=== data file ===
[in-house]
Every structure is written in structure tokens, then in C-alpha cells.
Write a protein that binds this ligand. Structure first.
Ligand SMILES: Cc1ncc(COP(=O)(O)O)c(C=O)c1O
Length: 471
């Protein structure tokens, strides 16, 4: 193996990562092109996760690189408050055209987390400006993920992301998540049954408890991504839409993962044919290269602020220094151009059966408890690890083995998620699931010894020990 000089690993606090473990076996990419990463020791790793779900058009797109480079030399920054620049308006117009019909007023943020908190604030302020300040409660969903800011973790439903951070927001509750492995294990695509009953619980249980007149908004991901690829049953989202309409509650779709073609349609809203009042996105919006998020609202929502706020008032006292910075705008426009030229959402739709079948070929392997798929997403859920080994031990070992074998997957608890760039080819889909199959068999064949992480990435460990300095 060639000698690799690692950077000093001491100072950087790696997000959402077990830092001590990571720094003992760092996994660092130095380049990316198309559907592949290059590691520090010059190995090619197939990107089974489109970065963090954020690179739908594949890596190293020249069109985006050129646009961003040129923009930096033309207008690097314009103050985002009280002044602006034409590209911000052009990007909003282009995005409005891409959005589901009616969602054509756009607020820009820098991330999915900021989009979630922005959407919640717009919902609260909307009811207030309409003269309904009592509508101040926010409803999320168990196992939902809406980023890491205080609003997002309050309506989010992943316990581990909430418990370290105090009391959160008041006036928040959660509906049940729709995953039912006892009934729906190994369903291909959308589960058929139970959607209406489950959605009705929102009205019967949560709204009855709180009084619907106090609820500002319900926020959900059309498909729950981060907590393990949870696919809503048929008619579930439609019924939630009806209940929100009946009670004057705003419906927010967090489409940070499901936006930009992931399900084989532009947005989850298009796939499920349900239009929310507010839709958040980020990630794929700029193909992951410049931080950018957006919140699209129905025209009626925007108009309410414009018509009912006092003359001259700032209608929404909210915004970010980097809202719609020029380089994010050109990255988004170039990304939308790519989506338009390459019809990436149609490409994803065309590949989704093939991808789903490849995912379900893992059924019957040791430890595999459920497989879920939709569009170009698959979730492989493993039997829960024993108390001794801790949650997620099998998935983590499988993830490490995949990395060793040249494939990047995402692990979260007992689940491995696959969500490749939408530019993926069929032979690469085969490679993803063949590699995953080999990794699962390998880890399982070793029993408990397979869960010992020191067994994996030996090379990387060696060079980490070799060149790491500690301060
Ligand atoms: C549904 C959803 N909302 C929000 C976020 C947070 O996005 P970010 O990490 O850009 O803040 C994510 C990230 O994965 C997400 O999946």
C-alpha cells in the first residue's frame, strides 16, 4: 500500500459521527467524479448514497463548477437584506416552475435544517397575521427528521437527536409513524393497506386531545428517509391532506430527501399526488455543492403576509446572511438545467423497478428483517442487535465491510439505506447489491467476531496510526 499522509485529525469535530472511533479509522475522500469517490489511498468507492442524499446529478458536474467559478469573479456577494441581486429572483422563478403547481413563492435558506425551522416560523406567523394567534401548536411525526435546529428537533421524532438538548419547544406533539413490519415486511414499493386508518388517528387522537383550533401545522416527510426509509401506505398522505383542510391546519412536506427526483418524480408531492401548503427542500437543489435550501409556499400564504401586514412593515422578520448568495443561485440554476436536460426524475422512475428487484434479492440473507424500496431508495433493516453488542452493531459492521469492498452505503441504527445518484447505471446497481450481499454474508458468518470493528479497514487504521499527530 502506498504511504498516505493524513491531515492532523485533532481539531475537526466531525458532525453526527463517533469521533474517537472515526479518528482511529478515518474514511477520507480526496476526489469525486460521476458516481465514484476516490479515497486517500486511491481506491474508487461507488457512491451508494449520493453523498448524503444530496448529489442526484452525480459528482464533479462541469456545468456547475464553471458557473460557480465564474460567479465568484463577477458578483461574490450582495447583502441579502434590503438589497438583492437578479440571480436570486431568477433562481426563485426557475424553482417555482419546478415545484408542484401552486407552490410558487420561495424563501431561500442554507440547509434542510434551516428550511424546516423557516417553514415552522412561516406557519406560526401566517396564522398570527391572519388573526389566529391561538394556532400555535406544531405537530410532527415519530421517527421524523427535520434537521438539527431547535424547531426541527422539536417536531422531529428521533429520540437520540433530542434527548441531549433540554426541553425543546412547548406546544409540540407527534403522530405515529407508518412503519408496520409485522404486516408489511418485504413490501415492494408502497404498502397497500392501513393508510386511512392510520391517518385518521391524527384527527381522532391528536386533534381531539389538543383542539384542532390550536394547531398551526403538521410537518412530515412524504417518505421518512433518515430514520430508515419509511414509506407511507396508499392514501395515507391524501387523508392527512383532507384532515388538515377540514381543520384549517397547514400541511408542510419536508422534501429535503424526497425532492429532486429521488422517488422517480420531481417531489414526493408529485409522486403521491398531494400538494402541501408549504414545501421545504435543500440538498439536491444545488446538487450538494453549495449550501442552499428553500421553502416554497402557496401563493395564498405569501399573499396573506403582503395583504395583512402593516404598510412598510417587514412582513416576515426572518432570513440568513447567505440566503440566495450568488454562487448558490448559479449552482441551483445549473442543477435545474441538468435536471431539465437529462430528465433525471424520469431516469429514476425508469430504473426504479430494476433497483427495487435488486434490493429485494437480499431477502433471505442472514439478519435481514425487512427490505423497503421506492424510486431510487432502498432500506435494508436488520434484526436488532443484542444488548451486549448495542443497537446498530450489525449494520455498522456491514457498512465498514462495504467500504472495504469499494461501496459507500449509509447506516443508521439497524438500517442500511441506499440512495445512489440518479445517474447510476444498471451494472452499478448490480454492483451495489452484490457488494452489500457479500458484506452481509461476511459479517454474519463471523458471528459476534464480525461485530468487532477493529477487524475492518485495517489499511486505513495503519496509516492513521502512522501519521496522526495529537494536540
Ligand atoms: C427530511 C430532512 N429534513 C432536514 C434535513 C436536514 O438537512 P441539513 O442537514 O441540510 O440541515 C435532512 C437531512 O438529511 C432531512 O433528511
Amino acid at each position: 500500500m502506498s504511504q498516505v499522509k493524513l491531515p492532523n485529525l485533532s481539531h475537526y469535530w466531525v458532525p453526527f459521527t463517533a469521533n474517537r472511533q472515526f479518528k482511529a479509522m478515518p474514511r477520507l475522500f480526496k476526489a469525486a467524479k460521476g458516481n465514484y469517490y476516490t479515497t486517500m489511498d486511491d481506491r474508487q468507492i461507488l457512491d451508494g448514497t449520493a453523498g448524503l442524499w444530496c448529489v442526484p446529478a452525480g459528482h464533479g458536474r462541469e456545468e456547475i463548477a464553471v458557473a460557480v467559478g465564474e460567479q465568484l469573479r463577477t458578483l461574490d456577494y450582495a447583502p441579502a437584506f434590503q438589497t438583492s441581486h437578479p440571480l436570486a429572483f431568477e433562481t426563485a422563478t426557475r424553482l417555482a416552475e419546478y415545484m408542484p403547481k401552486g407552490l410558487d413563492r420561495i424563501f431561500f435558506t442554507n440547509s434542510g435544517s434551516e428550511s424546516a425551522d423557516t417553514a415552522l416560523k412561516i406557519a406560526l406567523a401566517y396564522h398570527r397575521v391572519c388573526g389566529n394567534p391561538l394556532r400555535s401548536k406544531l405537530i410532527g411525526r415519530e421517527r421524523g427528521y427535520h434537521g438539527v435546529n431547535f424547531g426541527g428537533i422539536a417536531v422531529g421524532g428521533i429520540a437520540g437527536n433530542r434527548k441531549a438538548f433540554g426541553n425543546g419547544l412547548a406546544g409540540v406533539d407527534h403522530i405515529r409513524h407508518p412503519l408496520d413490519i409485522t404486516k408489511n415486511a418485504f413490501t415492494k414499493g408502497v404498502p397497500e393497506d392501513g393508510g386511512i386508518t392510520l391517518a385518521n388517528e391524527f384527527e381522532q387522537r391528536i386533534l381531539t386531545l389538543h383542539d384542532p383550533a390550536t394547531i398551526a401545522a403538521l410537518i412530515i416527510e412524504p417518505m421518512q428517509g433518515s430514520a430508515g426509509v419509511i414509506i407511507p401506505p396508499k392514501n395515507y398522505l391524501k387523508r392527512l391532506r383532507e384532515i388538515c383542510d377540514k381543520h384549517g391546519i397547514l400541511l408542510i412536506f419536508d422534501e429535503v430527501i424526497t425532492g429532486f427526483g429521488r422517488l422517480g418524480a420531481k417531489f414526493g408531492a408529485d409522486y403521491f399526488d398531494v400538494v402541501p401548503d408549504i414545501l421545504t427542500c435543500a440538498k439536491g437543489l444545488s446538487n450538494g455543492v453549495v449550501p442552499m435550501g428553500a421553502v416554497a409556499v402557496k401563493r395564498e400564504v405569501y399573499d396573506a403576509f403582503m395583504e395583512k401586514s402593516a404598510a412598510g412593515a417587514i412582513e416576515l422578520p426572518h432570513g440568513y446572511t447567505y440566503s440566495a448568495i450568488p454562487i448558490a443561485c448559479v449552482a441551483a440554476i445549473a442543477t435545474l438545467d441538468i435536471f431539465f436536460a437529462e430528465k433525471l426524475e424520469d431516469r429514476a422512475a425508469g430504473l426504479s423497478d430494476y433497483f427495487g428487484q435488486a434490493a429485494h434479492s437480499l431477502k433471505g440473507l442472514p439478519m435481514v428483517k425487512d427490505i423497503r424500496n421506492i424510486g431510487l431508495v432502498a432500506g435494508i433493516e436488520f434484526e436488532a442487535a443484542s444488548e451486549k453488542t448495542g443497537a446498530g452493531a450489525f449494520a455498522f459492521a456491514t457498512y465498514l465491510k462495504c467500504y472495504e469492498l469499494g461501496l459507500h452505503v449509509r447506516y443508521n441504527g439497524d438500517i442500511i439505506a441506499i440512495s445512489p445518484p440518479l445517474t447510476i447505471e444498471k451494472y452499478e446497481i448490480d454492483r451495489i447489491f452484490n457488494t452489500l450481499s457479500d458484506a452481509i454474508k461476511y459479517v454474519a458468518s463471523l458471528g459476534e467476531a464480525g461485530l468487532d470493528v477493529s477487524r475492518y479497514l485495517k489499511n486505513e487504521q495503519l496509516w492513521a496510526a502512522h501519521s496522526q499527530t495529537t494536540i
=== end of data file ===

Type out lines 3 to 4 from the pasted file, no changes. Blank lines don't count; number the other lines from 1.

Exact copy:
Write a protein that binds this ligand. Structure first.
Ligand SMILES: Cc1ncc(COP(=O)(O)O)c(C=O)c1O